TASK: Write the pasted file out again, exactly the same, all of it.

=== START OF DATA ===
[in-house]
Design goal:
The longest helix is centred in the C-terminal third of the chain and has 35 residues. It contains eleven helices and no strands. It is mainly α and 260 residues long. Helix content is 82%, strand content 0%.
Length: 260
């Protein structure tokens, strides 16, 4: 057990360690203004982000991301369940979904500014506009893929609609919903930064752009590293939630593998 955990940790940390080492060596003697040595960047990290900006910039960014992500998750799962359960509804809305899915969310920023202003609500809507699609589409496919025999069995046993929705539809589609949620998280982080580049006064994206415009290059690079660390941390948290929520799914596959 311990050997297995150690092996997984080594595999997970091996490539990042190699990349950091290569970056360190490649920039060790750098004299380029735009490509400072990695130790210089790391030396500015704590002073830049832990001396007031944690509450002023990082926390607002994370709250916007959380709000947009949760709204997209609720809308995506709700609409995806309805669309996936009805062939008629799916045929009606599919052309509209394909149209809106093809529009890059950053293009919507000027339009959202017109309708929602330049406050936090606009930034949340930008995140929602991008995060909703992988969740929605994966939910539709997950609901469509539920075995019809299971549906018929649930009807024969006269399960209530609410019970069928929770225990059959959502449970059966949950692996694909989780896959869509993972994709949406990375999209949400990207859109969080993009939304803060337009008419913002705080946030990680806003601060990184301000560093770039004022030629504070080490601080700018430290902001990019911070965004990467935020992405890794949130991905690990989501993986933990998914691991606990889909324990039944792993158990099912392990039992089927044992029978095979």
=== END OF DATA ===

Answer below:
[in-house]
Design goal:
The longest helix is centred in the C-terminal third of the chain and has 35 residues. It contains eleven helices and no strands. It is mainly α and 260 residues long. Helix content is 82%, strand content 0%.
Length: 260
């Protein structure tokens, strides 16, 4: 057990360690203004982000991301369940979904500014506009893929609609919903930064752009590293939630593998 955990940790940390080492060596003697040595960047990290900006910039960014992500998750799962359960509804809305899915969310920023202003609500809507699609589409496919025999069995046993929705539809589609949620998280982080580049006064994206415009290059690079660390941390948290929520799914596959 311990050997297995150690092996997984080594595999997970091996490539990042190699990349950091290569970056360190490649920039060790750098004299380029735009490509400072990695130790210089790391030396500015704590002073830049832990001396007031944690509450002023990082926390607002994370709250916007959380709000947009949760709204997209609720809308995506709700609409995806309805669309996936009805062939008629799916045929009606599919052309509209394909149209809106093809529009890059950053293009919507000027339009959202017109309708929602330049406050936090606009930034949340930008995140929602991008995060909703992988969740929605994966939910539709997950609901469509539920075995019809299971549906018929649930009807024969006269399960209530609410019970069928929770225990059959959502449970059966949950692996694909989780896959869509993972994709949406990375999209949400990207859109969080993009939304803060337009008419913002705080946030990680806003601060990184301000560093770039004022030629504070080490601080700018430290902001990019911070965004990467935020992405890794949130991905690990989501993986933990998914691991606990889909324990039944792993158990099912392990039992089927044992029978095979």